Though he described himself as a “poor man from a poor country”, Paik was born in Seoul into an affluent family. He studied abroad in West Germany and initially intended to become a composer, until an earth-shattering encounter with the avant-garde music of Arnold Schoenberg, Karlheinz Stockhausen and John Cage, who later became a close friend. Paik promptly ripped up his metaphorical sheet music and plunged into the world of performance art and the fringe artistic movements springing up across Europe and in New York. But success didn’t find him easily; he was dogged by controversy, not least thanks to his work with classical cellist Charlotte Moorman, who collaborated with him on works in which she performed topless—performances that violated public indecency laws and saw both of them get in trouble with the police.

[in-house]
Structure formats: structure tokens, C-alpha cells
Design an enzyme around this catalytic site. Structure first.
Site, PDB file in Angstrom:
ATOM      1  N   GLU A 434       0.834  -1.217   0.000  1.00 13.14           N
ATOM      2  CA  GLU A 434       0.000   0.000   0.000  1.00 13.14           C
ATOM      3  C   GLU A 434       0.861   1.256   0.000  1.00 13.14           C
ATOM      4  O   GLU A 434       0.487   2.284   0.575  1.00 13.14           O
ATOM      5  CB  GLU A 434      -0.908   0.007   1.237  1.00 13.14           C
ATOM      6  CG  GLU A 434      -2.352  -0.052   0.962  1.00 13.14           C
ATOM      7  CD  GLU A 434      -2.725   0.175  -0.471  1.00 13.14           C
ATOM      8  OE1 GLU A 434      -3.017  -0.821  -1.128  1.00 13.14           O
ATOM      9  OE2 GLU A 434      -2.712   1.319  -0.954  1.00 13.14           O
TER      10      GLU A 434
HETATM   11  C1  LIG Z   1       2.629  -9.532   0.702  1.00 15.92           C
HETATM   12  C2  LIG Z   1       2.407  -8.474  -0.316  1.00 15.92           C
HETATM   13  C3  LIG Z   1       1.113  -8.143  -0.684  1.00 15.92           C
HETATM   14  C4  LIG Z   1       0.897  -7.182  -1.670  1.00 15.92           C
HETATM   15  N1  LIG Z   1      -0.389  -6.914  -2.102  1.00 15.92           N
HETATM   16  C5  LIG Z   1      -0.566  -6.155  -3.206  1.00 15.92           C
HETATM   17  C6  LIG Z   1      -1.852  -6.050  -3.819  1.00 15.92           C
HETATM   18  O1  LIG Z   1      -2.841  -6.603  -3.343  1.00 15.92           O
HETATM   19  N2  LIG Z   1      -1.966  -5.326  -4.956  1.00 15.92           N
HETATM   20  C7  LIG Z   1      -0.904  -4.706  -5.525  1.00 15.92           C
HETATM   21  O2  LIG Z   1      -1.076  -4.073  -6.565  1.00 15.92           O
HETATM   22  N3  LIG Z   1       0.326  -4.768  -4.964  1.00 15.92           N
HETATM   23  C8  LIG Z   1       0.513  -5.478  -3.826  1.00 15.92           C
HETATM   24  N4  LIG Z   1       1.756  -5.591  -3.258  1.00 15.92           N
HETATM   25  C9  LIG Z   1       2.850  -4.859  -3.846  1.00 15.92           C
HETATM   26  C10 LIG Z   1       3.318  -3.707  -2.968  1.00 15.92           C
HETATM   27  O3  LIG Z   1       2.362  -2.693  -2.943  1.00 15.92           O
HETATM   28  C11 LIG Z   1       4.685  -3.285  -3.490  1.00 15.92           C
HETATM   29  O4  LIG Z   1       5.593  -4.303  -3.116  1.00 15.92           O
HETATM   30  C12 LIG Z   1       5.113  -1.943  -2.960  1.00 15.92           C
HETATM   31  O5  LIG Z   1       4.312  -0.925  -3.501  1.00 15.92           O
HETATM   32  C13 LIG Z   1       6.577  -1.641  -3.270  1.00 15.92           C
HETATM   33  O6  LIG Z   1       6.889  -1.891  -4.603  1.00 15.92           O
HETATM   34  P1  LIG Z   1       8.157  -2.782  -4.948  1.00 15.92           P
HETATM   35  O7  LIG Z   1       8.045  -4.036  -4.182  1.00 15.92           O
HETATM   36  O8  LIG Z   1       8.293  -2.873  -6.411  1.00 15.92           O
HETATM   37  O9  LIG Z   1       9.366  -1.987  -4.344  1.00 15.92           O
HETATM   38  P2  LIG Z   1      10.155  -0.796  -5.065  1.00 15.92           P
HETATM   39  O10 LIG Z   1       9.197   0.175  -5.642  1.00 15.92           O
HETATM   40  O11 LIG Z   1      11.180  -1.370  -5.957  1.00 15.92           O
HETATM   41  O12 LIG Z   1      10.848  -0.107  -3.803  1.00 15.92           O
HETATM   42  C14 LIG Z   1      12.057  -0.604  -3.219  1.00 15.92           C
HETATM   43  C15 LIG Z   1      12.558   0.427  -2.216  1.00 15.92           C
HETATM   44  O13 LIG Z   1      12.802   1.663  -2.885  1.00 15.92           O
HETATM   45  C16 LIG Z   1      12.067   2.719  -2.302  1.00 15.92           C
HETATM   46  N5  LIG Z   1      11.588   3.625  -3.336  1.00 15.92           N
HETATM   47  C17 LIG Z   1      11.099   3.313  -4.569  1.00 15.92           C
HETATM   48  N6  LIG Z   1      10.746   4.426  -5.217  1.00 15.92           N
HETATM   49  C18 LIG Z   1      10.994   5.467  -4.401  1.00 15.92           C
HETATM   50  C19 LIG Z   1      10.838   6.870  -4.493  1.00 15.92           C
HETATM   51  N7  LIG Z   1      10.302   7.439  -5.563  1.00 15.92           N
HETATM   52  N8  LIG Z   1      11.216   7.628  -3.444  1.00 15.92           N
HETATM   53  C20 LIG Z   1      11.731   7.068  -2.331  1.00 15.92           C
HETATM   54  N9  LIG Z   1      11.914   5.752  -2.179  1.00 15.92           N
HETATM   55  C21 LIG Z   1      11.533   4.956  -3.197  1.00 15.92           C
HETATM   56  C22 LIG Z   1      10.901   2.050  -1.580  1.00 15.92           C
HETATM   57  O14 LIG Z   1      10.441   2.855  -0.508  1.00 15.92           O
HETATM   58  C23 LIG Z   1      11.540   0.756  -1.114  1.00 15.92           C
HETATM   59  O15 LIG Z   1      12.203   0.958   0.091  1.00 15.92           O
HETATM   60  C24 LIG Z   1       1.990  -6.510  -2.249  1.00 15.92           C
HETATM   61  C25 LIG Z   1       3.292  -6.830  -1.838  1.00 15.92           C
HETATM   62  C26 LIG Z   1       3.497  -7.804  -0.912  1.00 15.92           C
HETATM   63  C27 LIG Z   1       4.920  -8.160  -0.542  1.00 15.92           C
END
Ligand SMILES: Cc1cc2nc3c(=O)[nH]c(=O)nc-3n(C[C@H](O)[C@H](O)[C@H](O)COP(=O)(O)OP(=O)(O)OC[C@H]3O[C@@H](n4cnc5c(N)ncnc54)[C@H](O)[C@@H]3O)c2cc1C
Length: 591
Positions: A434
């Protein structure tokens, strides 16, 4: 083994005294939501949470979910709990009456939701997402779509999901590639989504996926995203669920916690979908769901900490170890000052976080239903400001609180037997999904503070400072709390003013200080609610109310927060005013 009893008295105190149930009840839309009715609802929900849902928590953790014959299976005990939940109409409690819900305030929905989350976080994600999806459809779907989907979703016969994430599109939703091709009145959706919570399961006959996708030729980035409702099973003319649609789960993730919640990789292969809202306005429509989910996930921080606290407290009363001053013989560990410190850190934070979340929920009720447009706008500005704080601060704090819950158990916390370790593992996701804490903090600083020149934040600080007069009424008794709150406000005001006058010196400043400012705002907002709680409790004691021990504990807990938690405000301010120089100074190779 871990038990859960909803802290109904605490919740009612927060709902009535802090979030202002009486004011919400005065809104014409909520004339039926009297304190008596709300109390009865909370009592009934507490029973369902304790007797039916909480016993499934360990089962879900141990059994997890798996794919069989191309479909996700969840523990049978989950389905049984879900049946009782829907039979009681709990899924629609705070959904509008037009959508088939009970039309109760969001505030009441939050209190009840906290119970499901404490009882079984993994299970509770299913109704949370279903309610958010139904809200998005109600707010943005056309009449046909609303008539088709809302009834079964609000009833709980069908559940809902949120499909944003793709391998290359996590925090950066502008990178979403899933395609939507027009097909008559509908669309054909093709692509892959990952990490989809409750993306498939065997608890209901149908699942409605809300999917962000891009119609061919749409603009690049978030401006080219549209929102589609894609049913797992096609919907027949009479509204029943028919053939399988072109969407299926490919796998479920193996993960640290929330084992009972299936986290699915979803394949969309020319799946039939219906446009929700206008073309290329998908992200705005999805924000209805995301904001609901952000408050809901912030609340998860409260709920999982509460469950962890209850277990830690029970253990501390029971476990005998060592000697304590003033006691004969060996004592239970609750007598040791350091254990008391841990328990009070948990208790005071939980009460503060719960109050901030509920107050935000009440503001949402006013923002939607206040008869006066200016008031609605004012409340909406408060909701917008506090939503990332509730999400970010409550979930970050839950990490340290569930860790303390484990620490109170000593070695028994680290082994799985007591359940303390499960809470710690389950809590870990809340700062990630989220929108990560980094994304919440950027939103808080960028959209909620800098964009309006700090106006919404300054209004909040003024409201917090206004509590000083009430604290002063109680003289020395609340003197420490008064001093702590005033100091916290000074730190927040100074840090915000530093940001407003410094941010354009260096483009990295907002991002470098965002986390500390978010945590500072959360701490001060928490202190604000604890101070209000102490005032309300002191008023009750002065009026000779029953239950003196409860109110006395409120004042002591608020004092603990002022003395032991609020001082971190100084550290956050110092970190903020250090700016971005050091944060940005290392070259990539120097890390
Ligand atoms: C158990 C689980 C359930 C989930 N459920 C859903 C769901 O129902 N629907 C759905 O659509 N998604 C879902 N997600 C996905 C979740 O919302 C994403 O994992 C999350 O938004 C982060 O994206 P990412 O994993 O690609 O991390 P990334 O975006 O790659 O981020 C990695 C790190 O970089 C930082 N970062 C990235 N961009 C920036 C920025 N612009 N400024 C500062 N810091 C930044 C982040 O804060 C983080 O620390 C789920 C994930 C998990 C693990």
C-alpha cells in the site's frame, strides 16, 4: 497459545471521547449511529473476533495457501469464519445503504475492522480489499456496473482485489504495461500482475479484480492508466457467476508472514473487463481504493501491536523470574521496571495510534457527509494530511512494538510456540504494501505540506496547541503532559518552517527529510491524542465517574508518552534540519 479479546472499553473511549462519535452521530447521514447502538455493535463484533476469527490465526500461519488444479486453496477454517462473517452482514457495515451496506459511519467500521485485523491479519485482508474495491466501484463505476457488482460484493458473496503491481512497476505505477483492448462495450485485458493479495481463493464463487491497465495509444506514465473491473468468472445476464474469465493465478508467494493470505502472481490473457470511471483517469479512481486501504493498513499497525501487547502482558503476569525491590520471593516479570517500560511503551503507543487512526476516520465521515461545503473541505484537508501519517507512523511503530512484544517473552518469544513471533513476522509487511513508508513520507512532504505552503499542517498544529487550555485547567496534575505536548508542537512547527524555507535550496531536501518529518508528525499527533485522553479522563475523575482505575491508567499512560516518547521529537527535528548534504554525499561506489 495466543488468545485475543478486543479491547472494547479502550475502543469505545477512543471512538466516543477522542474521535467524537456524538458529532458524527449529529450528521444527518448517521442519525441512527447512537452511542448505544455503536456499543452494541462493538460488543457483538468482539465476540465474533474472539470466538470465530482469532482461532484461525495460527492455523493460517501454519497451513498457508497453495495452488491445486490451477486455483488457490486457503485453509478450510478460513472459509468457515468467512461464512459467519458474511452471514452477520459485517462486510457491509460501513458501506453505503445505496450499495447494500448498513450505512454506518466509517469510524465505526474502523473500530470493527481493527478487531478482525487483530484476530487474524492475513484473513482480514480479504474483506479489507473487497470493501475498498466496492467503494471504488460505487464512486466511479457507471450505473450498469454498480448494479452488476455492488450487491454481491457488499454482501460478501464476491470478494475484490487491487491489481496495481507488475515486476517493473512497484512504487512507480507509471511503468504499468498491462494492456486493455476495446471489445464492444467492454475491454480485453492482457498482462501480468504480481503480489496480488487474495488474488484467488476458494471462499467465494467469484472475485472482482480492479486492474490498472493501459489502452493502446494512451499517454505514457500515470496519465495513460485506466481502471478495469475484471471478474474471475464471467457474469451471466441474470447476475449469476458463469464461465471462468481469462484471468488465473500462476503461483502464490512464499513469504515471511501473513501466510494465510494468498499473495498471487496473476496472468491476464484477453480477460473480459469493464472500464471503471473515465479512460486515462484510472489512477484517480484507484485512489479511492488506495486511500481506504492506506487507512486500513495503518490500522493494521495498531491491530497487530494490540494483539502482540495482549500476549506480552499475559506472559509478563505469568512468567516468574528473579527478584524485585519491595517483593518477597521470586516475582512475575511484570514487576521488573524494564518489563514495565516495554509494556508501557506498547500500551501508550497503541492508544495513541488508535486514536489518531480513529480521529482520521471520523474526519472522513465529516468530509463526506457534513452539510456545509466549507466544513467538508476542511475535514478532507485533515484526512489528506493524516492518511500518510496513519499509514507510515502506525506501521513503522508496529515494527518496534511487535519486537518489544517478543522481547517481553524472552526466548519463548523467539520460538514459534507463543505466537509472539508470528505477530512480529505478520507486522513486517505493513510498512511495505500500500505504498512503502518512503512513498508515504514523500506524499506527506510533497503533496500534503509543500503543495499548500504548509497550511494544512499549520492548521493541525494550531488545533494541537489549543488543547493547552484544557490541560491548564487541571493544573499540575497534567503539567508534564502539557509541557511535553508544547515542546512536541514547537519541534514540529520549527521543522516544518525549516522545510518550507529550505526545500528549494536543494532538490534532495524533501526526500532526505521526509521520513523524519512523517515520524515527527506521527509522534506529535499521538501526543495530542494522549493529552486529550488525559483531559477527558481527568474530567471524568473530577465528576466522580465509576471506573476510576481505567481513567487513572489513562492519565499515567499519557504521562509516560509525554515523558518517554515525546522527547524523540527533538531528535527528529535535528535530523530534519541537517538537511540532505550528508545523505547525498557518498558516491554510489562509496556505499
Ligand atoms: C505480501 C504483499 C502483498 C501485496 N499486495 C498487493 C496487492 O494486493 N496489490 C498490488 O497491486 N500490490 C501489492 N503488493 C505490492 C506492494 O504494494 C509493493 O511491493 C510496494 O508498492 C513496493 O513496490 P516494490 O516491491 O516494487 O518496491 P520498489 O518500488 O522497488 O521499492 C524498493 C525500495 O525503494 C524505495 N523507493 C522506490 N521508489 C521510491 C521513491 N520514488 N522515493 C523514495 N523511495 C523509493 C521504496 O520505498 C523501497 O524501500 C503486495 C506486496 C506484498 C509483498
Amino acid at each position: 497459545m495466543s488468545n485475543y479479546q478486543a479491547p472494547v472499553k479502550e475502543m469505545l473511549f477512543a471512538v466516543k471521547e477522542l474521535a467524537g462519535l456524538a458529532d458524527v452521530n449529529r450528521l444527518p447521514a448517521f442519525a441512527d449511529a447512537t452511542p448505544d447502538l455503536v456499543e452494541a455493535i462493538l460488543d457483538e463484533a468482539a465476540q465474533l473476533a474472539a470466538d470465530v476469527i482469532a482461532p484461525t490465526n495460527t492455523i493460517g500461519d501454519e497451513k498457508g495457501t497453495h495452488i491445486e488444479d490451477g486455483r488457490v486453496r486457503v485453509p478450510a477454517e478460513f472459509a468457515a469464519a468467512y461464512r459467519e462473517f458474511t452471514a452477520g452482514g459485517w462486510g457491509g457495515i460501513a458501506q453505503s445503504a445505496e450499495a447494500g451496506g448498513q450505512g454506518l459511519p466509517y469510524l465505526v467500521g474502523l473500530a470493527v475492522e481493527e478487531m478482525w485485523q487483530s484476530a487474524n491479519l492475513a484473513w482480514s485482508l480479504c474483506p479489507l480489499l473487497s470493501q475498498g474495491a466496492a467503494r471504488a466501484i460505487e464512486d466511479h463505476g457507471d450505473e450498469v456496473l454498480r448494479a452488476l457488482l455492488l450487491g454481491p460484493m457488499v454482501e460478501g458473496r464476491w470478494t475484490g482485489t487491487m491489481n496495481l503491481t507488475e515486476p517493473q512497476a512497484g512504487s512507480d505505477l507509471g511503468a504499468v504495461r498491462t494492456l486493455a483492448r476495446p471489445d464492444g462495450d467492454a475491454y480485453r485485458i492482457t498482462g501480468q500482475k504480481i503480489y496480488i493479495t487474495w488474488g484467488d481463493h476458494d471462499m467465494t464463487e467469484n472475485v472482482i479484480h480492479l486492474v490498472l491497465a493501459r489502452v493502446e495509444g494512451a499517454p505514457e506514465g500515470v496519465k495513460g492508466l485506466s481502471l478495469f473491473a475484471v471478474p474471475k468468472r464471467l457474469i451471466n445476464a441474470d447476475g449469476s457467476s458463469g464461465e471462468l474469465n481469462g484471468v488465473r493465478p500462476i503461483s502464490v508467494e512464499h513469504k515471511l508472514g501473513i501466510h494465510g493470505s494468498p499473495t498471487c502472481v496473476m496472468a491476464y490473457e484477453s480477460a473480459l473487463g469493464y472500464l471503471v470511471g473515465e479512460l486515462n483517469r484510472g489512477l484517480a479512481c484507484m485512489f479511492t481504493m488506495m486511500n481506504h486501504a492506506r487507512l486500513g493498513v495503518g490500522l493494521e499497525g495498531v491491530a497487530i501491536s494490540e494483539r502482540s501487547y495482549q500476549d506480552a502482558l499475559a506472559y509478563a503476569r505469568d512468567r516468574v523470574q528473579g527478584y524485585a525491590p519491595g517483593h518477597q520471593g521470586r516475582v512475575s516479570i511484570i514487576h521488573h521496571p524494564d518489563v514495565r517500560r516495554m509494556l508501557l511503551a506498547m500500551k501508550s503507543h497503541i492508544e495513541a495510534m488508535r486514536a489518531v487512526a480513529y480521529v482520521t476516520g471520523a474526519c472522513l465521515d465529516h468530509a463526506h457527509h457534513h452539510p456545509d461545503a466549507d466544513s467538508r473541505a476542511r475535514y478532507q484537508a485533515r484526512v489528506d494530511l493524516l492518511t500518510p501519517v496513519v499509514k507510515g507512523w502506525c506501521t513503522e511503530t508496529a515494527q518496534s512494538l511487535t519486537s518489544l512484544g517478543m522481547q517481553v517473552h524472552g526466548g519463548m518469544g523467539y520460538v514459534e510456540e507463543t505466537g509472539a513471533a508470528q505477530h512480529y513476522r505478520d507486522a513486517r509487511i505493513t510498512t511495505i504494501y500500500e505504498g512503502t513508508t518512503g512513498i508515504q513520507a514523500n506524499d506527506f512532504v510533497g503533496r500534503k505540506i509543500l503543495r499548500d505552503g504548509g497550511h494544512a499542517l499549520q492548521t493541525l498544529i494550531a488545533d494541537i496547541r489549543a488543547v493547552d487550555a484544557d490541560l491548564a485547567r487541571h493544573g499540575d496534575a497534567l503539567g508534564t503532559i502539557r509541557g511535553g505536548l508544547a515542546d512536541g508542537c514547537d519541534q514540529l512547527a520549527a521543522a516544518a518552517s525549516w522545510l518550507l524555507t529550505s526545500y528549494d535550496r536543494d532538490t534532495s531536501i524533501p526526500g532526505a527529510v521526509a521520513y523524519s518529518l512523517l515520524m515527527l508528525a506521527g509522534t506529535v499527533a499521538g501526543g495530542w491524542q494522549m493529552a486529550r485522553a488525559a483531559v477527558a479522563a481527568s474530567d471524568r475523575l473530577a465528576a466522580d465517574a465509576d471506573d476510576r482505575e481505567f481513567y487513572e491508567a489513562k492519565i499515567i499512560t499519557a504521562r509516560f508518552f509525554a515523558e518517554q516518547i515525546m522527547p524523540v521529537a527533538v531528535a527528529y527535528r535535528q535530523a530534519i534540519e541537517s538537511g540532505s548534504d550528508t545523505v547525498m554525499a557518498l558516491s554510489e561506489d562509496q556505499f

It wasn’t until his 40s—with the breakout work “TV Buddha” (1974) and others—that the world finally began to understand his vision. Featuring a stone Budda that Paik had lugged home for far too much money—as his wife, fellow artist Shigeko Kubota, remembered—gazing at a live image of itself on a television set, it encapsulates many of the themes that Paik returned to time and time again in his work: The use of screens; the relationship between medium and viewer; the humanizing effect of technology and, of course, Paik’s uncanny Nostradamus-like ability to divine the future. (It’s not so distant a leap from “TV Buddha” to us watching Kim Kardashian watch herself on her phone while taking a selfie.)